Further testing using breast-specific gamma imaging (BSGI) may find additional cancer in the same or opposite breast, with fewer false positives, in women recently diagnosed with breast cancer, according to a study published in the February issue of the American Journal of Surgery.
BSGI, a molecular breast imaging technique, is a follow-up to mammography that can see lesions independent of tissue density and discover early stage cancers. With BSGI, the patient receives a pharmaceutical tracing agent that is absorbed by all the cells in the body. Due to their increased rate of metabolic activity, cancerous cells in the breast absorb a greater amount of the tracing agent than normal, healthy cells and generally appear as "hot spots" on the BSGI image.
"The research is important because it helps clarify the role of BSGI in newly diagnosed breast cancer patients. We have found that these women can have more extensive disease that is not detected by mammography or ultrasonography. This is especially helpful in patients with dense breast tissue where additional evaluation of the remaining breast tissue is necessary," said Nathalie Johnson, MD, general surgeon and surgical oncologist at Good Samaritan Hospital, Portland, Ore.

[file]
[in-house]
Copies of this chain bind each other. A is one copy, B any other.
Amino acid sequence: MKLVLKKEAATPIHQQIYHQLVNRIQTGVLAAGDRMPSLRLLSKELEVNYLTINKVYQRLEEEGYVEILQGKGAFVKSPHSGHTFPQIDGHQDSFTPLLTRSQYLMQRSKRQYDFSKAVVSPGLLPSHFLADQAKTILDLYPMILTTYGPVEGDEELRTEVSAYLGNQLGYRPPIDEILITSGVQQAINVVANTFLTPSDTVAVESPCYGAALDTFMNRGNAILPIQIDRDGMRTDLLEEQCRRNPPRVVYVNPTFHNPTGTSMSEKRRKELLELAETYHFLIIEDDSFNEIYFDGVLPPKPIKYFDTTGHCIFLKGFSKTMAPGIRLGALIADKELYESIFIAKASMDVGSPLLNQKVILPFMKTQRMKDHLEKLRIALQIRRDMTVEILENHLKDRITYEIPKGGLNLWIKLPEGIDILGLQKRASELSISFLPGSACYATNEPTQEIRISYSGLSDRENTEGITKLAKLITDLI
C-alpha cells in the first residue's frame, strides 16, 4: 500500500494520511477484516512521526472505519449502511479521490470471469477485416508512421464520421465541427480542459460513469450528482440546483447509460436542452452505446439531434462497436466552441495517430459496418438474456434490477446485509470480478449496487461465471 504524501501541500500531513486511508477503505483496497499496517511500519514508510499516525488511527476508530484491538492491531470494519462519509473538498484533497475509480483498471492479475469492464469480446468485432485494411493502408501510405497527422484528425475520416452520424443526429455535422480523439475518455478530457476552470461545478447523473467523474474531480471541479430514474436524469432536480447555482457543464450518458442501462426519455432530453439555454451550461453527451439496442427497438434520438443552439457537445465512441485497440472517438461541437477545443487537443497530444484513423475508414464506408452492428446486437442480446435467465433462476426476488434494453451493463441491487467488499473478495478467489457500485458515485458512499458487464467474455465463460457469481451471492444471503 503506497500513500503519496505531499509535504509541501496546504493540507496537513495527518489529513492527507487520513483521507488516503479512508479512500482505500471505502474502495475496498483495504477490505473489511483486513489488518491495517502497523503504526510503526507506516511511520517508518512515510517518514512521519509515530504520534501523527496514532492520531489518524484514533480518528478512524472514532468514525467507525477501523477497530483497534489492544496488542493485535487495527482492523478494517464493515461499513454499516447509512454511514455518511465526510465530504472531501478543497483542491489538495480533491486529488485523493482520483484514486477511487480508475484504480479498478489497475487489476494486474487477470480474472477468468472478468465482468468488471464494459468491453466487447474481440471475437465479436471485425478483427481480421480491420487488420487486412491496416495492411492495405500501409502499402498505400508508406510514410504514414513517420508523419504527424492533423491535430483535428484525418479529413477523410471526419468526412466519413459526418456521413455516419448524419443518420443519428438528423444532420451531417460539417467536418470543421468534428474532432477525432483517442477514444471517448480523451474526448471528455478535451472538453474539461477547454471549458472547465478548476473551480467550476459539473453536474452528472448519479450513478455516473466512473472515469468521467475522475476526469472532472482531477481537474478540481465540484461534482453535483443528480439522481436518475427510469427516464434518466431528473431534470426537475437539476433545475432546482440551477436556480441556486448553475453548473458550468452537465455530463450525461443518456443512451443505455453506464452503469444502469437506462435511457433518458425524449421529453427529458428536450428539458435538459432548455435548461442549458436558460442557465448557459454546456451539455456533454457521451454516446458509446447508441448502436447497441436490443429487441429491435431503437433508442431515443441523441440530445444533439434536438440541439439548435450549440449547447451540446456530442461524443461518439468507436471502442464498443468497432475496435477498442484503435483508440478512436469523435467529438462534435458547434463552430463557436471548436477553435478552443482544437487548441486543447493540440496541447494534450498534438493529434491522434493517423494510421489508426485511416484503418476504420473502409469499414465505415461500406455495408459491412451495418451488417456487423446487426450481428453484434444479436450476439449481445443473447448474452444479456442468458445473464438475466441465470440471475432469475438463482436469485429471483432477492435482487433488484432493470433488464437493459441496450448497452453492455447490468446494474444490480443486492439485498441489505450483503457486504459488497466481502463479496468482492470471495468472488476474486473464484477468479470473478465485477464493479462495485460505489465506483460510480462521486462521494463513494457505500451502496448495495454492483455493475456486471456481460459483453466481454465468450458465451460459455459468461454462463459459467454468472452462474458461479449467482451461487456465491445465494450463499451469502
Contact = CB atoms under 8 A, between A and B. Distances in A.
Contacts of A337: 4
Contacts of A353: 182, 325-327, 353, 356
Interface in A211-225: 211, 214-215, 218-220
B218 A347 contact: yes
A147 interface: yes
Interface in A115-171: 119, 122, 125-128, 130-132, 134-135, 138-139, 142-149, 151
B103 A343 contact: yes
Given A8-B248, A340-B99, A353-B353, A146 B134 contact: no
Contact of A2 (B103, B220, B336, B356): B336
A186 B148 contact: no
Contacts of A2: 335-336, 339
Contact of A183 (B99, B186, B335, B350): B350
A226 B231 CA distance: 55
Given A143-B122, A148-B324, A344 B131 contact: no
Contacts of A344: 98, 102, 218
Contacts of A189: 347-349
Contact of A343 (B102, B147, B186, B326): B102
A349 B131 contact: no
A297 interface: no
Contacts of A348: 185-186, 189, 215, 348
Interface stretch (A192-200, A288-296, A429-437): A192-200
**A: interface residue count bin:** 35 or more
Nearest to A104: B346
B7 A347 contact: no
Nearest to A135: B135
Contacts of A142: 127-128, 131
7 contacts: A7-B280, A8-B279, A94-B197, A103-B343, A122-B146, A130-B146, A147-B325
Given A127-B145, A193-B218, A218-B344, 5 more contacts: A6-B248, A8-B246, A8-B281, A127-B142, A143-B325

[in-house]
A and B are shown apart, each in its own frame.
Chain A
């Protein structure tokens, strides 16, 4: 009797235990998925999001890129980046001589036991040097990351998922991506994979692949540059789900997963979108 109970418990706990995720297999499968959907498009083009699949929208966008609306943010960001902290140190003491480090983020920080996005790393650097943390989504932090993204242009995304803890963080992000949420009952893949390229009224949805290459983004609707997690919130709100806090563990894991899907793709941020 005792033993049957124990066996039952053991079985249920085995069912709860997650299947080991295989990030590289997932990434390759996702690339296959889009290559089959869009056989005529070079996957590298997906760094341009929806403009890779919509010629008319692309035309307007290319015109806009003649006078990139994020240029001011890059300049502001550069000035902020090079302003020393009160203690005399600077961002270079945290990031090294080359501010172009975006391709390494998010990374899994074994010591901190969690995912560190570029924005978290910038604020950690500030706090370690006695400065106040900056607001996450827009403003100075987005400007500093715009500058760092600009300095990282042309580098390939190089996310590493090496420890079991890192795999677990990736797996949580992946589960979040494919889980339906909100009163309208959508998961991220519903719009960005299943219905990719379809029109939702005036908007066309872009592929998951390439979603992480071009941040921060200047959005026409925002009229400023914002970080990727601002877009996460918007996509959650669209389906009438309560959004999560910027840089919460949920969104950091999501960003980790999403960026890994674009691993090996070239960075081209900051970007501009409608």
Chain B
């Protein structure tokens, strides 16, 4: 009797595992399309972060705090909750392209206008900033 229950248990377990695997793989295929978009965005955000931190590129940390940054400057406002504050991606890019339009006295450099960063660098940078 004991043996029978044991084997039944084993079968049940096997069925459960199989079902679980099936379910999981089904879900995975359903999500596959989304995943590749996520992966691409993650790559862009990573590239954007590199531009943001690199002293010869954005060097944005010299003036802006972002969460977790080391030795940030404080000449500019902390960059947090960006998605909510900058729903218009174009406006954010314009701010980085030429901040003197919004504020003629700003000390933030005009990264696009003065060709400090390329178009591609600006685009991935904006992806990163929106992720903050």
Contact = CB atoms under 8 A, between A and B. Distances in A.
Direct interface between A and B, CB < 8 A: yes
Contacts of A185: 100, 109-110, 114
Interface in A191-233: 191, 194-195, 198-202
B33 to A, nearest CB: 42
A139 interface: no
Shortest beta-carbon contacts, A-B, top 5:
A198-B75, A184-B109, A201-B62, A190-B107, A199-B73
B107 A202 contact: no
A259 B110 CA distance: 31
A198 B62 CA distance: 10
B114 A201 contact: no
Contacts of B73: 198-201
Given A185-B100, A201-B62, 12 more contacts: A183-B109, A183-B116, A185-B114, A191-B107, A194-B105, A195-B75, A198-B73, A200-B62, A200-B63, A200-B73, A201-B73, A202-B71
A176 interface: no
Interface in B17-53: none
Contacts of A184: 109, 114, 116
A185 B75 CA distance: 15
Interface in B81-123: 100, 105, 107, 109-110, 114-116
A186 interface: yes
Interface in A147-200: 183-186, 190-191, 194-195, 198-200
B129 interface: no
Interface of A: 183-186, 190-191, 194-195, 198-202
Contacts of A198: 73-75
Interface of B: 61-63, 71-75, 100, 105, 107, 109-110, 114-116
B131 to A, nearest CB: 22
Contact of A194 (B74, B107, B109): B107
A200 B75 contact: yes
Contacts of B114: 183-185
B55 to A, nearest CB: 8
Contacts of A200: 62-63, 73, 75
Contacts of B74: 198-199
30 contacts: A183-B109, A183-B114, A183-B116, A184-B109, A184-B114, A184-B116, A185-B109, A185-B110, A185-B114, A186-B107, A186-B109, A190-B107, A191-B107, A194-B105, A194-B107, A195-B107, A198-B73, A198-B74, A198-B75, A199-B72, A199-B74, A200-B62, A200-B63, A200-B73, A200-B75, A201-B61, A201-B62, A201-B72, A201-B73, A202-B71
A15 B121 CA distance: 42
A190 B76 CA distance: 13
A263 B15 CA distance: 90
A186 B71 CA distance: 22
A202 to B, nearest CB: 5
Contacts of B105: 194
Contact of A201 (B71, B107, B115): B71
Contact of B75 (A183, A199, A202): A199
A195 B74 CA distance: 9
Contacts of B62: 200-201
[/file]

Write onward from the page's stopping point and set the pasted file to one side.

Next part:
Johnson and her team conducted a retrospective review from two Portland, Ore. community-based breast imaging centers of newly diagnosed breast cancer patients in whom BSGI (Dilon 6800 Gamma Camera)was performed as part of the imaging work-up.
A total of 138 patients (69 invasive ductal carcinoma, 20 invasive lobular carcinoma, 32 ductal carcinoma in situ, and 17 mixtures of invasive ductal carcinoma, invasive lobular carcinoma, or ductal carcinoma in situ and other) were reviewed. Twenty-five patients had a positive BSGI study at a site remote from their known cancer or more extensive disease than detected from previous imaging.
Fifteen patients were positive for a synchronous or more extensive malignancy in the same or contralateral breast. Five patients had benign findings on pathology, five benign on ultrasound follow-up (false-positive rate, 7.2 percent). Findings converted seven patients to mastectomy, one patient to neoadjuvant chemotherapy, and seven patients were found to have previously undetected contralateral cancer. The positive predictive value for BSGI was 92.9 percent.
BSGI detected additional or more extensive breast cancer in the same or opposite breast in 10.9 percent of newly diagnosed patients according to the study.
Only 7.2 percent incurred an additional work-up. "BSGI provides accurate evaluation of remaining breast tissue in newly diagnosed breast cancer patients with few false-positive readings," the authors concluded.